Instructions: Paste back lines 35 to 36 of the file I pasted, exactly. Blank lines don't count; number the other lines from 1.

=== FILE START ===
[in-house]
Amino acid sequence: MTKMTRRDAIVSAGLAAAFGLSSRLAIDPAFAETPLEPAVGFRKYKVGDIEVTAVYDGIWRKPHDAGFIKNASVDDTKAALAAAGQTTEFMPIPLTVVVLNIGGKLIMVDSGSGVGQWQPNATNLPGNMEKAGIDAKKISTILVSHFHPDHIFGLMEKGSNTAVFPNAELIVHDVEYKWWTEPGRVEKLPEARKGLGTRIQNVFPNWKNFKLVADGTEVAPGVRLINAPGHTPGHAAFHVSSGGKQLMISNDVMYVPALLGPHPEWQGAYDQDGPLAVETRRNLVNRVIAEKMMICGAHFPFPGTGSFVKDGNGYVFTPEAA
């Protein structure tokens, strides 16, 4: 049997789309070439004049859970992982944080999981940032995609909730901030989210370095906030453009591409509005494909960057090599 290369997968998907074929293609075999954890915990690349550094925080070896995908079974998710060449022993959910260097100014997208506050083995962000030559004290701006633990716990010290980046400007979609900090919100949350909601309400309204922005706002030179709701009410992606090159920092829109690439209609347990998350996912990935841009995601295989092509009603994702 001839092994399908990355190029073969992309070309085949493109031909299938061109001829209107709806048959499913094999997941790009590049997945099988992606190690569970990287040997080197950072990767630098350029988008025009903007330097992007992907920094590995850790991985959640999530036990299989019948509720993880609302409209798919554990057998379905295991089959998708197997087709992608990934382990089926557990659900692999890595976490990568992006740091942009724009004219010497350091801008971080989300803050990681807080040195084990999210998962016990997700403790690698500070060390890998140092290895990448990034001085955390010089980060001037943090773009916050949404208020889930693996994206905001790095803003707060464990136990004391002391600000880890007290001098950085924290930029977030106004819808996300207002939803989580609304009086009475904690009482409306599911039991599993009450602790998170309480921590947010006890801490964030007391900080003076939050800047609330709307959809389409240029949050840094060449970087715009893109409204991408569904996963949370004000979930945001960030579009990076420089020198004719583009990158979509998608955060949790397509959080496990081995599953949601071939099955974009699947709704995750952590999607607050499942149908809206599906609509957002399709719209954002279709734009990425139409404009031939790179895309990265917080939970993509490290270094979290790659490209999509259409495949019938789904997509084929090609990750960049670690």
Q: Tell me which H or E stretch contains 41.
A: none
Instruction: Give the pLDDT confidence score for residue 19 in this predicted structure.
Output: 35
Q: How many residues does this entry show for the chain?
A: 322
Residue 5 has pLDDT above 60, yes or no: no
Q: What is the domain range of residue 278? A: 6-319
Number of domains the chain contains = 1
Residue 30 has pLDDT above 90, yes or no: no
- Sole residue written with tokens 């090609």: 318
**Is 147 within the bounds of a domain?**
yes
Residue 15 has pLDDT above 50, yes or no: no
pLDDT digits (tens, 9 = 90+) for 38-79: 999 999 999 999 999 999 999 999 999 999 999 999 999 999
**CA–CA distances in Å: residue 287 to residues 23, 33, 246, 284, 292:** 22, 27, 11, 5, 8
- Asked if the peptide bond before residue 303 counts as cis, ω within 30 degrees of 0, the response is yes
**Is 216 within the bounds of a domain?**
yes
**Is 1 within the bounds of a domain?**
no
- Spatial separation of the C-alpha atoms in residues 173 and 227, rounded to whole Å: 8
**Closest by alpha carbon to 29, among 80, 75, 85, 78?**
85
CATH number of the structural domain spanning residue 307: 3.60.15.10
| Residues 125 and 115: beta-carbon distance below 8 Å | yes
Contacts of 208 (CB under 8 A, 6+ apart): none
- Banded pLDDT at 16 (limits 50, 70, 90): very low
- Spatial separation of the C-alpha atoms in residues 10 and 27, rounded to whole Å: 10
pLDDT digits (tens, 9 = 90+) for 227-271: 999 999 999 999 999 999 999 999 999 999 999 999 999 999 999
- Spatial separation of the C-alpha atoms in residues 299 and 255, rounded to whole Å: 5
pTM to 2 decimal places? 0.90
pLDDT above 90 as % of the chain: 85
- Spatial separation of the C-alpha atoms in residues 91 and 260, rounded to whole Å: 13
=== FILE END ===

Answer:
pTM to 2 decimal places? 0.90
pLDDT above 90 as % of the chain: 85